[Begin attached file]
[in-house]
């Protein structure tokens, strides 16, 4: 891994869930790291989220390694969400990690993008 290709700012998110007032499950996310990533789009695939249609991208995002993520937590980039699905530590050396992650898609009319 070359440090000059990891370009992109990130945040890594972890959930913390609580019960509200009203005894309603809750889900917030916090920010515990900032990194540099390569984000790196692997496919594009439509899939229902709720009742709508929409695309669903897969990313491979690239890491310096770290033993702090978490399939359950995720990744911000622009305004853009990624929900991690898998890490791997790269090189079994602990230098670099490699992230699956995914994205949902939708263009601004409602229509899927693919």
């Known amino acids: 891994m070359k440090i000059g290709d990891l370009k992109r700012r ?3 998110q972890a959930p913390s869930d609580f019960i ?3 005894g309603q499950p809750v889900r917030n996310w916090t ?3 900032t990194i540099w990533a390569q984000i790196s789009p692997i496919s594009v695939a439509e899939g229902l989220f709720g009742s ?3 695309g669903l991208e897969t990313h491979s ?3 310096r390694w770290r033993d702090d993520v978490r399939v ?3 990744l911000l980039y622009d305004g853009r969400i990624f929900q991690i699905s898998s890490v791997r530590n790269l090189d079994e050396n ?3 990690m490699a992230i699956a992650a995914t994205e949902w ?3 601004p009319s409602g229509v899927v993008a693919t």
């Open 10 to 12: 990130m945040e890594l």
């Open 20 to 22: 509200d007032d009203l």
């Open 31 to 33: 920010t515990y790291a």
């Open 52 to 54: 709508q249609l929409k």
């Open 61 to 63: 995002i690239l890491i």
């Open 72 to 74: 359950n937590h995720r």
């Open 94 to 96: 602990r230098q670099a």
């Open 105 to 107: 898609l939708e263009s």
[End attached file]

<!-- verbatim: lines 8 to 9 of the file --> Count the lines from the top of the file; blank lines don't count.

């Open 61 to 63: 995002i690239l890491i």
């Open 72 to 74: 359950n937590h995720r």